Book Review: Hester by Laurie Lico Albanese
Do you, like me, love historical novels about witches? Do you also love reading about the everyday things that make a woman’s life work? Do you love the idea that there is magic/power in sewing and herb craft? And do you love the idea of such a woman living in Salem, Mass., in the early nineteenth century?
Well, there’s an excellent book out there, just for you! It’s called “Hester: A Novel,” by Laurie Lico Albanese, and you should read it. Go buy it right now.
Our heroine, Isobel, begins life in Scotland, but sails to the US with her husband Edward, ending up in Salem. And oh, Salem, you are still a hot mess more than 100 years after the witch trials. Not surprisingly, they still hate and fear anything that could possibly be witchcraft. They also have a lot of ill will, period. But our Isobel is descended from a long line of witches, and, well, she has interesting traits that make her stitching unique and fabulous. Isobel is a fabulously realized character.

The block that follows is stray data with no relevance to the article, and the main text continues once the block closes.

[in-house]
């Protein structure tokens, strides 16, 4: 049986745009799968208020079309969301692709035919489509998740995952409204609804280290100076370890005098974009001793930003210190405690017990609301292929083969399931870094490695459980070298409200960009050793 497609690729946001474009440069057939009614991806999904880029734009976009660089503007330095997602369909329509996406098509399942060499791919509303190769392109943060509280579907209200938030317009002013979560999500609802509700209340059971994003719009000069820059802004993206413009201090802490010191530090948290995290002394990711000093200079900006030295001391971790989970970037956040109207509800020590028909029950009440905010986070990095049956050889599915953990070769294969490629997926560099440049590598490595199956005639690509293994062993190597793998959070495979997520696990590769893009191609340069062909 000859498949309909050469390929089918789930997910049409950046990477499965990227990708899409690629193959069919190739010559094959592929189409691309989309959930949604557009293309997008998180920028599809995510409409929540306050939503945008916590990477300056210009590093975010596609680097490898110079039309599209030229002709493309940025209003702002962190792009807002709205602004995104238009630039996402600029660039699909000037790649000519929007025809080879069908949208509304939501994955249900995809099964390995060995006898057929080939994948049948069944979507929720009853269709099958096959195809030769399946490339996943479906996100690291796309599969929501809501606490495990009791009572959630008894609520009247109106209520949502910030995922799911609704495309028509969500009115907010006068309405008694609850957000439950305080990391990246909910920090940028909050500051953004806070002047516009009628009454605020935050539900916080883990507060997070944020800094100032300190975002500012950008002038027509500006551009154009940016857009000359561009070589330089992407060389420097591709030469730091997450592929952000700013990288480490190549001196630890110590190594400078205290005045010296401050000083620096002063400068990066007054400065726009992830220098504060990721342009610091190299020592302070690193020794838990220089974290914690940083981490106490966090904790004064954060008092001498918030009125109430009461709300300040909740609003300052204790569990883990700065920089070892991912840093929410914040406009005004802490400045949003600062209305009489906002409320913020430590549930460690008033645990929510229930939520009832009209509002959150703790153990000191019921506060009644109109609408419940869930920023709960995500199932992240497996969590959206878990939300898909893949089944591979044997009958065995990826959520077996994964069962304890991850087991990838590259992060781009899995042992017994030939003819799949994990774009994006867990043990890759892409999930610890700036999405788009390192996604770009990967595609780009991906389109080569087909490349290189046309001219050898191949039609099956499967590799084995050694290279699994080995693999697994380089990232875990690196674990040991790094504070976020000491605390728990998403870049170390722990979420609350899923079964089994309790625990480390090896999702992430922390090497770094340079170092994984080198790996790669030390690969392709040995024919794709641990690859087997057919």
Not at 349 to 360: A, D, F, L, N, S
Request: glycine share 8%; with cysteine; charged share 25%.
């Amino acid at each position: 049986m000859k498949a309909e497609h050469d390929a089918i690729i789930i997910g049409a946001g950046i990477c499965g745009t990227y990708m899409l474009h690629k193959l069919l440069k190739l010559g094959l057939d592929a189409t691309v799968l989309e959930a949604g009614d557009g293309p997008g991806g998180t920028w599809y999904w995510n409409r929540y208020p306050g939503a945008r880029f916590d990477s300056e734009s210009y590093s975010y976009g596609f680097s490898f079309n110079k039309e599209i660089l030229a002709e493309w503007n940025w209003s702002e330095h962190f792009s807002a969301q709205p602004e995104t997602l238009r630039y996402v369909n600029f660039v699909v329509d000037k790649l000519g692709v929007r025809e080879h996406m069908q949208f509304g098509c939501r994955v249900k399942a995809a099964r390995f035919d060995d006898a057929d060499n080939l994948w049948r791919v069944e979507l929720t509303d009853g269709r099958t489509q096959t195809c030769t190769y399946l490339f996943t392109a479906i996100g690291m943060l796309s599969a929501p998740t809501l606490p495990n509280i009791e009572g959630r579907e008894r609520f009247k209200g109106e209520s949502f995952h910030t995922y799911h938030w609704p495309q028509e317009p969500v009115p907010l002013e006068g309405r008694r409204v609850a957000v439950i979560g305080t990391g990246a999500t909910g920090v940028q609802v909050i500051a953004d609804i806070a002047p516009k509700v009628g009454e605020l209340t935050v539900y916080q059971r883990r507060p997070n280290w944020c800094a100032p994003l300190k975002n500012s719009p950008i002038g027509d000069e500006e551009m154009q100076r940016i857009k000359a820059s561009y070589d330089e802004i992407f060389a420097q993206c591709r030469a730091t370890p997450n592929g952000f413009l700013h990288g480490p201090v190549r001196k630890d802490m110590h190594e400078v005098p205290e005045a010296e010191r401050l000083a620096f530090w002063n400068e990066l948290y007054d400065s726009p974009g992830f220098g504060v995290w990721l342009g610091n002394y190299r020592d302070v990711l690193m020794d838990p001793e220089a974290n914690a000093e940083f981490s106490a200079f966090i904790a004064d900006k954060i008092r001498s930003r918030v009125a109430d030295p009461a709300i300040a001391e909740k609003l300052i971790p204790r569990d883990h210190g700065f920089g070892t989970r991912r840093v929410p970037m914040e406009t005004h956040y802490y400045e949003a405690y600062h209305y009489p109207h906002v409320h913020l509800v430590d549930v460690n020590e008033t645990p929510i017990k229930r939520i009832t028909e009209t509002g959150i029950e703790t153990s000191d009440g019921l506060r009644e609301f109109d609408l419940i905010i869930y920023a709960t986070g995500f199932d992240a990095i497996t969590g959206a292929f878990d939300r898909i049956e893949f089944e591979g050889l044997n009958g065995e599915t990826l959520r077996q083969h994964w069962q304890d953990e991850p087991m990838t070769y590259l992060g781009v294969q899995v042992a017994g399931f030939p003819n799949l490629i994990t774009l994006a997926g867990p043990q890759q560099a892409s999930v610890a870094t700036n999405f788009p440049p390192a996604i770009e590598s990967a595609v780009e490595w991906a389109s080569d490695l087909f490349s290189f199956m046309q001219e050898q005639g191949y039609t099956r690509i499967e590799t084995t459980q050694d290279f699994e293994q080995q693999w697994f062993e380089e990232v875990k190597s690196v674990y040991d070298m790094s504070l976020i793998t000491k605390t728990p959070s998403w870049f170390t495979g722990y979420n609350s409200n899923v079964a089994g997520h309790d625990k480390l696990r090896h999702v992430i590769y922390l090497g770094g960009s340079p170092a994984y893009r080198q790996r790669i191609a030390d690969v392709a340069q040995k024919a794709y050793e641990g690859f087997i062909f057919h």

I don’t want to give too much away, but the best way to sum up the big storyline is that Isobel and her fabulous talents end up being an inspiration for Nathaniel Hawthorne’s “The Scarlet Letter.” Yes, she definitely knows “Nat” Hawthorne in this book.
This book covers a lot of territory, including the Underground Railroad, but Albanese keeps every single ball in the air. Her writing style remains lively and highly readable, no matter what the subject in the book. I’m going to start reading her other books as soon as I’m done with this review.
“Hester” is absolutely one of the best books of the year. Like I said, buy it! You can find it HERE.
Thank you to NetGalley for giving me this book in exchange for an honest review.